They could have hired someone young, engaging, and educated to review restaurants as a means to expand their audience years ago. Instead, they kept Okun. She has always written for the olds, even when she wasn’t old. They like early dinners, soft food, big portions, comfy booths and “fancy” decor. She was their shaman.

    Her lengthy tenure and continued presence says everything you need to know about why The Buffalo News continues to lose profit margin and subscribers at an equal rate. But, the product Okun and others like her put out is exactly what the subscribers want to read and why the daily paper of record can’t get me or people my age to give them money for content.

    Will Galarneau be better? I hope people will give him a chance to establish himself before simply dismissing him as not up to the standards of the NY Times. He’ll face a lot of editorial pressure to stay true to Okun’s style as that is what the subscribers like (according to their oh-so-important reader surveys), so it will take him time to establish his own style. Best of luck, Andrew.

  • Chris hit the nail on the head… The Buffalo News has done little, if anything to reach a younger readership. They’ve assured us that getting ink on our fingers will no longer be an issue in 10 years.

  • Excuse me? But “young” people don’t read newspapers because the writers are old, its the same reason they don’t ride their horse to work. Good for you AnonForGoodReason, only the other 5 percent tipping cheapstakes are complaining. I guess none of the commenters saw “The Help” yet, if you treat people like shit, shit is what you will get.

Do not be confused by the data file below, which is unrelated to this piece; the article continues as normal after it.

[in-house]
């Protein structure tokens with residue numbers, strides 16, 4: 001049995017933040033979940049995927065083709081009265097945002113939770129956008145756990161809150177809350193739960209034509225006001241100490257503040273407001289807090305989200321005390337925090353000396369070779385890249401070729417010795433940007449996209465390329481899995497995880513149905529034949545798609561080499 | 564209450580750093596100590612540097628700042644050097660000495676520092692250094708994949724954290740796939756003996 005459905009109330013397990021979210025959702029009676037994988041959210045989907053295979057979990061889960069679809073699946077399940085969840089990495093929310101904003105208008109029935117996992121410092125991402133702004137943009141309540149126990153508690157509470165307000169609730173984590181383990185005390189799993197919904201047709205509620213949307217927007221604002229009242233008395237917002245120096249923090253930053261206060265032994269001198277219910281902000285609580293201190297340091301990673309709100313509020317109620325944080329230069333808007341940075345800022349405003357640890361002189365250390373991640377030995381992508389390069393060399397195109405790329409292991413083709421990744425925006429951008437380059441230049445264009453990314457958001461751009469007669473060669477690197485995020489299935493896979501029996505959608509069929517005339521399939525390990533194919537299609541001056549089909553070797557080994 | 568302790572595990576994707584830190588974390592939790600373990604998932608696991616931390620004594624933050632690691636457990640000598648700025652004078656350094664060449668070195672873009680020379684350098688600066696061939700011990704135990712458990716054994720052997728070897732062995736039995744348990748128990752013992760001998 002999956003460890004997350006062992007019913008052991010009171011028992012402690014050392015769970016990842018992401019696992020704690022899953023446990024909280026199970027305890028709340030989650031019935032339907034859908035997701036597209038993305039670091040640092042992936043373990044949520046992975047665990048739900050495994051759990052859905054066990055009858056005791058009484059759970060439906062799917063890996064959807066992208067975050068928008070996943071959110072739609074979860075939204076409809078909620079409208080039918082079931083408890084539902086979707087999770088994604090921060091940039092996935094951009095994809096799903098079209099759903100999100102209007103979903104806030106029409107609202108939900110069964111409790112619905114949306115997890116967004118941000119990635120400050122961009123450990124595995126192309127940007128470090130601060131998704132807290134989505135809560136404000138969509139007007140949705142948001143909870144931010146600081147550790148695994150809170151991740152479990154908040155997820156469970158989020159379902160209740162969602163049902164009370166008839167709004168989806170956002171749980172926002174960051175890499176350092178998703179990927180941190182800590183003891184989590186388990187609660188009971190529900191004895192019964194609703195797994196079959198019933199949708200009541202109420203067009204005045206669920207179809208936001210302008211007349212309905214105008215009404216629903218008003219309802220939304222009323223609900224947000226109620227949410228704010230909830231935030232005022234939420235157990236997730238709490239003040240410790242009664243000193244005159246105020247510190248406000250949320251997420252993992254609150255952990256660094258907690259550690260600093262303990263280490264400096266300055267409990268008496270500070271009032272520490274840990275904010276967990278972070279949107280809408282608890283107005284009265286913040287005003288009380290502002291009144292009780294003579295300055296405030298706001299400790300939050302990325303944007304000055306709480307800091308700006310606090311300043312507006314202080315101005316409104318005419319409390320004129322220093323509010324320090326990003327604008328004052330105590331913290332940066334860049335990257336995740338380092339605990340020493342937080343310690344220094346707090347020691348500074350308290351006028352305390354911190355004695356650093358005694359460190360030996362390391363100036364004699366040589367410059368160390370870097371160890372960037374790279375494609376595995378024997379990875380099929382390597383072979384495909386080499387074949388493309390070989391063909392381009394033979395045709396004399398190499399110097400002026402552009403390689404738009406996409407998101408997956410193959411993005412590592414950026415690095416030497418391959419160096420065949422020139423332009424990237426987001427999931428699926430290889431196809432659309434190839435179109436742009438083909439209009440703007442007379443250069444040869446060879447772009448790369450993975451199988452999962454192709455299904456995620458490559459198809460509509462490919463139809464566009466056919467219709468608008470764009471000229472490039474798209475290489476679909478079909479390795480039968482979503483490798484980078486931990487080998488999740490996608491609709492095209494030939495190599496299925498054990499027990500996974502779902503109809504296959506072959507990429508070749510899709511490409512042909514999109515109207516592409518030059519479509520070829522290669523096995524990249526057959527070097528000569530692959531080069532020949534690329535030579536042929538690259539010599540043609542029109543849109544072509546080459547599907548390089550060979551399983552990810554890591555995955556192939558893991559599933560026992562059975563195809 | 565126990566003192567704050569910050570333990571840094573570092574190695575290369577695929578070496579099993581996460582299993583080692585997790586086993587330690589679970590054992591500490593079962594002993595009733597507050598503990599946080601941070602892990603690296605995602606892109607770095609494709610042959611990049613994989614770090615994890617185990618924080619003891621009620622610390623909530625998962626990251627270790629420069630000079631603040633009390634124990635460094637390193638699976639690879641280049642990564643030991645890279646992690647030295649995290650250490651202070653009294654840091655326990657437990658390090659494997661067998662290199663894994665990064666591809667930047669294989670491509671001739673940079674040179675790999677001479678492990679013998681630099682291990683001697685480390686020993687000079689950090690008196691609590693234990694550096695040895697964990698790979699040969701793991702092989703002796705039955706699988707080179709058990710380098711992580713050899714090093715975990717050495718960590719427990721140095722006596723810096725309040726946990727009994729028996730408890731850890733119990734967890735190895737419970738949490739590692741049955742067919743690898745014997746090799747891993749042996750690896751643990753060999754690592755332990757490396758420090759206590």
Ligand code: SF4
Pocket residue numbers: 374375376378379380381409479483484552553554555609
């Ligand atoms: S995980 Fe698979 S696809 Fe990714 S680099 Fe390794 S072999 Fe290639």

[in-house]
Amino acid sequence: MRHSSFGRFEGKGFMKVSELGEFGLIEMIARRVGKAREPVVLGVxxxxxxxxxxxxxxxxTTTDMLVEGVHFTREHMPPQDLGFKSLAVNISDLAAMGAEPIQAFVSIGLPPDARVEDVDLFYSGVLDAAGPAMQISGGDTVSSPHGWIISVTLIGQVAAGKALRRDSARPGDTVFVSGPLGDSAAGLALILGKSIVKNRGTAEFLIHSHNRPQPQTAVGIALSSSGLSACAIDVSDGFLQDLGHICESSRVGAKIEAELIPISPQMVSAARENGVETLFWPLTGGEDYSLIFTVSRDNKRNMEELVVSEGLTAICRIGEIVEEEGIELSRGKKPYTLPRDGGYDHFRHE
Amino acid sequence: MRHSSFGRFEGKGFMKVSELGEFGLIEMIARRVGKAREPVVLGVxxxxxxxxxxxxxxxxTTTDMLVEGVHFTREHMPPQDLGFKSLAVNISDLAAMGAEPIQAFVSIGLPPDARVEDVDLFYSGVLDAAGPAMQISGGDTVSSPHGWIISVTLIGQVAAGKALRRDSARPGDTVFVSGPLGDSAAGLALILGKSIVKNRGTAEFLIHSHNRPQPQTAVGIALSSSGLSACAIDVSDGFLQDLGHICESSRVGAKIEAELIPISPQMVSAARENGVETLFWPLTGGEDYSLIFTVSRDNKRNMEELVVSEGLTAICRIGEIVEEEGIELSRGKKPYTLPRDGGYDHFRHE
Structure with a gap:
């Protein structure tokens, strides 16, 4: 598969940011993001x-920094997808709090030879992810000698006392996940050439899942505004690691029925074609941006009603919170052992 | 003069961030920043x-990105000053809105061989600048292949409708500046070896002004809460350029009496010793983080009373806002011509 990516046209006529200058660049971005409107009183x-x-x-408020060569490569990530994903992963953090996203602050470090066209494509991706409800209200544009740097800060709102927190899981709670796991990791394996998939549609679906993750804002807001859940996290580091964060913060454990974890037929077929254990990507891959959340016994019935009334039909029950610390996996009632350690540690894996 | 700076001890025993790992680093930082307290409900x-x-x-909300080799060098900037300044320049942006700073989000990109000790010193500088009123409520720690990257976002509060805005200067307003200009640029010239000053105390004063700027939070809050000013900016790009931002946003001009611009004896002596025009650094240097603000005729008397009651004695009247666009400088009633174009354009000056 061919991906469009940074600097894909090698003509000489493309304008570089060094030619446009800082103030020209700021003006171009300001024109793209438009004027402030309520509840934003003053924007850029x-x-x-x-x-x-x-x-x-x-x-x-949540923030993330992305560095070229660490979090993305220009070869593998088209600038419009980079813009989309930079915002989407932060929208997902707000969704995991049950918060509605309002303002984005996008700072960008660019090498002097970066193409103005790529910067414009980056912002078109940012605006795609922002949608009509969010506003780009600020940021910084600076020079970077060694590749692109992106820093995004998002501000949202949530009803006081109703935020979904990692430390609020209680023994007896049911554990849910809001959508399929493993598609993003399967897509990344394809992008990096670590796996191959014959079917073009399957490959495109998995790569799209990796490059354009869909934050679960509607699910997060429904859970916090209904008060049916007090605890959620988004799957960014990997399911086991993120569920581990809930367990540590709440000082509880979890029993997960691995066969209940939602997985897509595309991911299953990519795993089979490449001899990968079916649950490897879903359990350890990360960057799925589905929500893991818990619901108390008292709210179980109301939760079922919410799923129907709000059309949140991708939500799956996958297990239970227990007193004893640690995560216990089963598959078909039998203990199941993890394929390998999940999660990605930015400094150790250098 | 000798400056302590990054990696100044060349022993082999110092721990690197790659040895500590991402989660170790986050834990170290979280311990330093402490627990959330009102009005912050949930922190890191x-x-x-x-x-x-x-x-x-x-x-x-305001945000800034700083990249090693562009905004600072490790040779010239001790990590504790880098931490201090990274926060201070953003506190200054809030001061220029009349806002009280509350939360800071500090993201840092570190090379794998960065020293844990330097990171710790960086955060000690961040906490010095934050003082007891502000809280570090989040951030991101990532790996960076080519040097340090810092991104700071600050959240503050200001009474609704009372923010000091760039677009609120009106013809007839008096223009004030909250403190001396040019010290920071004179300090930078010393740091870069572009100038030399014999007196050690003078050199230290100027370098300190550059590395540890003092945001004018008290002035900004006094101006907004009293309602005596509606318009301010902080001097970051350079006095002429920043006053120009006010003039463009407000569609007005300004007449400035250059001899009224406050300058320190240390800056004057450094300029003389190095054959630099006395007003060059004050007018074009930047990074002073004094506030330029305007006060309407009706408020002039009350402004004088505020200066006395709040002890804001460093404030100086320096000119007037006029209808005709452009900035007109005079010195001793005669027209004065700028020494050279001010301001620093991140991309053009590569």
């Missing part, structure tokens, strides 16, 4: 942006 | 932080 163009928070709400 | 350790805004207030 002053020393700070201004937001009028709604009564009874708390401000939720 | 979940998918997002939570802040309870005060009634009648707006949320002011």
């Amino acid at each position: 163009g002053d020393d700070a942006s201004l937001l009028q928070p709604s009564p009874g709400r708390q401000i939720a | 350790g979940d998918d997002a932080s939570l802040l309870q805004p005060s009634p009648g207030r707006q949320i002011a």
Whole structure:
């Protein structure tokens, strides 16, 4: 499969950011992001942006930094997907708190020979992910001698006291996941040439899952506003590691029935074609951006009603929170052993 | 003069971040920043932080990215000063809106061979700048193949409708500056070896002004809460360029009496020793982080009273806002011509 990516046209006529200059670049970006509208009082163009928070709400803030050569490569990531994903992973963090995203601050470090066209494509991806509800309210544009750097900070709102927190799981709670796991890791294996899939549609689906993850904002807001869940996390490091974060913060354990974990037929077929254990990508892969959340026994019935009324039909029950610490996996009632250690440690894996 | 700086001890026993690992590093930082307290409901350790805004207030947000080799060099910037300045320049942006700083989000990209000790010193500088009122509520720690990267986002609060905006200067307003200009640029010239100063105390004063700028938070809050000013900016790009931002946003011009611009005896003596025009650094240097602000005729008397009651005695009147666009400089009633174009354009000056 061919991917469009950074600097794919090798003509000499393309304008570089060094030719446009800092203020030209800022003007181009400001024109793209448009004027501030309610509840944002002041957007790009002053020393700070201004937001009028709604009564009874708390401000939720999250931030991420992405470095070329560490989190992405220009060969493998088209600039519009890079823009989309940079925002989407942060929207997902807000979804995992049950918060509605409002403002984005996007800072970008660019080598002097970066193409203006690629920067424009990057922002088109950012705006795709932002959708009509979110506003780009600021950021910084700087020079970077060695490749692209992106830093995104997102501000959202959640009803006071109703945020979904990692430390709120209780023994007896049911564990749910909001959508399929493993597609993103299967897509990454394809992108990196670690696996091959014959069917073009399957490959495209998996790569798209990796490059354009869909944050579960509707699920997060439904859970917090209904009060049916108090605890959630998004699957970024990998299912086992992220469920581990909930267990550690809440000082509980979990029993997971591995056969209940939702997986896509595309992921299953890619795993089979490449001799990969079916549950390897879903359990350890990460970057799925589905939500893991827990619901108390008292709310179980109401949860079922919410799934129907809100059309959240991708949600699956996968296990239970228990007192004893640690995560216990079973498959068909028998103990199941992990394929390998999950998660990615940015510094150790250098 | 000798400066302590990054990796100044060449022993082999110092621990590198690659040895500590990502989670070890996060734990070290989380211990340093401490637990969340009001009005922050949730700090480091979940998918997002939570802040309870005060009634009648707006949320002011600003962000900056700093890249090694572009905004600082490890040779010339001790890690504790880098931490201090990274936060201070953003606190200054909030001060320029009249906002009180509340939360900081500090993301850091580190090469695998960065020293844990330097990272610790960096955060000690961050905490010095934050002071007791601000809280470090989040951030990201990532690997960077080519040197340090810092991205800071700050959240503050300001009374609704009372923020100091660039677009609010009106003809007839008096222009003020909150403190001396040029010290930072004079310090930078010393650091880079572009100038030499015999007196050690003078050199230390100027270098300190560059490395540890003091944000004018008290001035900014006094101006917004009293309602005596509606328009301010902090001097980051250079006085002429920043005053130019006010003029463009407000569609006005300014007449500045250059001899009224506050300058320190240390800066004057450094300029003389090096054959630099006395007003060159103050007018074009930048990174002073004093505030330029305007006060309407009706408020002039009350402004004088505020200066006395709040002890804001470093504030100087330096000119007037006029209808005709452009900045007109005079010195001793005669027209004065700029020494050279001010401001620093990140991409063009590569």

• There are many ways to show a patron your dissatisfaction with their attitude or tip. Rubbing their food on a toilet before serving it is not one of them, aside from probably exposing you to legal action.

  • Spoken like a true Shyster! Thanks Tom for proving my point, attorney’s are notorious bad tippers. I am sure you had a few mop bucket dunked steaks! Another win for the good guys!

  • @AnonForGoodReason Bellatrix, is that you? You’re the only one I know in Buffalo with the combination of decent writing skills and astonishing vindictiveness to have both committed such a vile act, plus written such a readable account of it.

  • Nope, graduation dates are off. Damn — thought I was on to something.
    NEVER MIND.

  • @Mike : I’m not an attorney, but thank you for the compliment. I am however a notorious over-tipper since I worked in that industry while growing up and in college. I’d be glad to give you some names in establishments I frequent who will vouch for that.

  • As P.T. Barnum once said “There’s a sucker born every minute”. AnonForGoodReason yarn is just an urban legend, they almost had me to until I got to the part of pulling off the pubic hairs. Ha! Don’t you youngsters ever tell stories anymore?

  • Chris> She has always written for the olds, even when she wasn’t old. They like early dinners, soft food, big portions, comfy booths and “fancy” decor. She was their shaman.

    Yup. I’ve said this before, and on BP at WNYMedia, several times. The people I knew who took the most stock in Janice Okun’s reviews were an older generation of lower-middle class “Typical Buffalonians” who were generally conservative diners, appreciated “classy” but not modern polish or flair, and gushed more over quantity over quality. They’re the crowd that are regulars at places like McPartlan’s Corner, Danny’s, Rizzo’s, Otto’s or “da Family Tree’s”, and who spend summer weekends chasing Chiavetta from lawn fete to lawn fete. They don’t want to try out something different in the city; unfamiliar cuisine (i.e. not red sauce Italian, east suburban tavern, or meat-and-three) and inconvenient parking scare many away.

    Unfortunately, being Buffalo, there’s still far more of that crowd around than the “youngs”.

Leave a Reply